SAN FRANCISCO This Friday 400 officer-level employees at Robertson Stephens will find out how much they will own of their firm if they stick around three years.
In an attempt to bolster employee morale and retention, the San Francisco investment banking firm has agreed with its parent, FleetBoston Financial Corp., to give employees with the rank of vice president and above shares from a 30% stake in the firm.
The program, unveiled to the firms staff last Friday, is the result of several months of negotiations with FleetBoston but falls short of a broader plan bandied about by senior management at both companies last year a partial spinoff of the company. By some calculations, the potential market capitalization for a public Robertson Stephens could be as much as $4 billion a hefty incentive.
The program would also be a turning point for employees of the firm, which has gone through a series of owners in recent years. In 1997 the old BankAmerica Corp. bought the privately held firm. After BankAmerica merged with NationsBank Corp., it sold Robertson Stephens to BankBoston Corp., which merged with Fleet Financial Corp. in 1999.
Robertson Stephens management has worked with FleetBoston to retain a degree of autonomy from the much larger commercial bank parent. And observers said this equity program could be a stepping stone to some kind of spinoff.
Equity brings a longer-term perspective, said Robert Emery, president and chief executive officer of Robertson Stephens, on the subject of using some kind of shareholder structure as an incentive program.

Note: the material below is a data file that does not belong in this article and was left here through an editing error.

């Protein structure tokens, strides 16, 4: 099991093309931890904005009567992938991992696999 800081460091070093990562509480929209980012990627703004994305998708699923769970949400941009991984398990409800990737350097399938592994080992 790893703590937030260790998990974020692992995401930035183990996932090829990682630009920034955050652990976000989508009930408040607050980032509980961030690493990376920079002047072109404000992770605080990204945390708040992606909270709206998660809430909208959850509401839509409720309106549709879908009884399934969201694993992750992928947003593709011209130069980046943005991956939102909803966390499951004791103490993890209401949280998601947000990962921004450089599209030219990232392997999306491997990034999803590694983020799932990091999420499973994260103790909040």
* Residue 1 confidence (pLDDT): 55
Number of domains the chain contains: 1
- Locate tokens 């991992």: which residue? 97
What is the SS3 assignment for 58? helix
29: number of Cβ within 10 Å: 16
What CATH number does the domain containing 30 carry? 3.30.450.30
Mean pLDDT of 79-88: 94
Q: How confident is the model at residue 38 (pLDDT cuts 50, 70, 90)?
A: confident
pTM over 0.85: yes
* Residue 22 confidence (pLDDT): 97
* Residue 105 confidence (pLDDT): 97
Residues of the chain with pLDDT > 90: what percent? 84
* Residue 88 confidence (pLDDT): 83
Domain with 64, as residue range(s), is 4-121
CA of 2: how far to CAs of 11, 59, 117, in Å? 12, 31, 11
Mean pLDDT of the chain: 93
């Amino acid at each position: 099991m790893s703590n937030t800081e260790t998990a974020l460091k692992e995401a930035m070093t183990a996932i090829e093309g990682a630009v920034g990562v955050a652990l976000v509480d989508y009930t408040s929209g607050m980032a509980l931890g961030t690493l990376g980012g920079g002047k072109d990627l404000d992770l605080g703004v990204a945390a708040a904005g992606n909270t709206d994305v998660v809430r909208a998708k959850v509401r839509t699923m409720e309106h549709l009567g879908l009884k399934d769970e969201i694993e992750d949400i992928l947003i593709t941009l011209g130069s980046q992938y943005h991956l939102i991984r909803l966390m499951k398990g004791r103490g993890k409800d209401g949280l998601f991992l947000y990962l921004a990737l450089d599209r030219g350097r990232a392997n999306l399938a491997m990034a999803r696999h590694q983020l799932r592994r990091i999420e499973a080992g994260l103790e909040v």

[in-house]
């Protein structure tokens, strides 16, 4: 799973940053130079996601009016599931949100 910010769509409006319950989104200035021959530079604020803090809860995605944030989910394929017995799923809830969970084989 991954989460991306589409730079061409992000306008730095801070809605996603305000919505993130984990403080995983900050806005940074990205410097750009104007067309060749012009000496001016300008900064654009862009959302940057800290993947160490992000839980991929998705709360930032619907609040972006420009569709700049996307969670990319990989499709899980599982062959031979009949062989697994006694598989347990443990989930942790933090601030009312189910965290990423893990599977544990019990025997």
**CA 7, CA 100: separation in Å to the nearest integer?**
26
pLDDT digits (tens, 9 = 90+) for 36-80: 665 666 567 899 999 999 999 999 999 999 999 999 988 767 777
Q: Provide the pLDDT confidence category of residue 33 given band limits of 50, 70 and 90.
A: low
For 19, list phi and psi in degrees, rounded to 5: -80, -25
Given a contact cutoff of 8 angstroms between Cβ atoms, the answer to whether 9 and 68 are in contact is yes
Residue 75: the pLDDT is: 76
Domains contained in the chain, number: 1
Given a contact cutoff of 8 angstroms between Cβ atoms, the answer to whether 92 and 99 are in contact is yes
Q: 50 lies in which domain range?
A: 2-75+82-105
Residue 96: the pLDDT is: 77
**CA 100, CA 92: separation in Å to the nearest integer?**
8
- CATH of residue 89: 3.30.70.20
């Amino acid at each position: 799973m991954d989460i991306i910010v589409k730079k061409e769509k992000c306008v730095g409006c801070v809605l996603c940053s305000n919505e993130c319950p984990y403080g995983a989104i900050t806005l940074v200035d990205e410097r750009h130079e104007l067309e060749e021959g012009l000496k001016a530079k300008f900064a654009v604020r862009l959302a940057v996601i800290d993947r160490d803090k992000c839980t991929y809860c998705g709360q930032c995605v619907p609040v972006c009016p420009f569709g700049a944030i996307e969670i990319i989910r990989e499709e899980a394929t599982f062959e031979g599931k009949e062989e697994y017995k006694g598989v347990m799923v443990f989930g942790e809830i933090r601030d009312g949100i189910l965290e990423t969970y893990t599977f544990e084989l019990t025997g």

A spinoff would be a long time in coming. Since last summer, when Fleet chairman Terrence Murray told investors at a conference that the Boston parent company had considered a partial spinoff, the climate for initial public offerings has decidedly worsened. In the second half of last year the volume of U.S. IPOs plunged 50% from the previous half, according to CommScan LLC.
And volatility in the capital markets, particularly with Nasdaq-traded stocks, has hurt the firms performance. Robertson Stephens made a name for itself by specializing in bringing emerging technology firms public.
They are beholden to the IPO calendar and to the market, said Thomas Theurkauf, an analyst at Keefe, Bruyette & Woods Inc.
In the fourth quarter Robertson Stephens contributed about $24 million, or about 3%, to FleetBostons net income, down 44.2% from the third quarter and 46.6% from a year earlier.
And like other investment banking firms, whose stellar growth over the last few years has been tied to New Economy companies, Robertson Stephens has also imposed layoffs in at least its research department, according to sources close to the firm.
Still, it continues to compete for talented professionals, and observers said any kind of equity-incentive structure should be a positive feature.
Its a smart move, said Barbara Estes, a San Francisco senior consultant for William M. Mercer Cos., which specializes in compensation issues.
The problem with these structures, however, is that, theyre just really difficult to set up, she said.
Indeed, Robertson Stephens, which in a recent branding campaign identifies itself as simply Investment Bankers, has turned to outside support to set up the program. The investment banking company Lazard Freres has been hired to help.
Ms. Weber declined to comment on the value of the stake to be shared with employees, and said the firm was still working out details on how often the companys value would be adjusted.
But come Friday, those awarded grants will have some glimpse at how much their firm is worth and how much they own.
This is not about going public, said Courtney Weber, a spokeswoman for Robertson Stephens. Its about ownership and giving employees a direct stake in the company.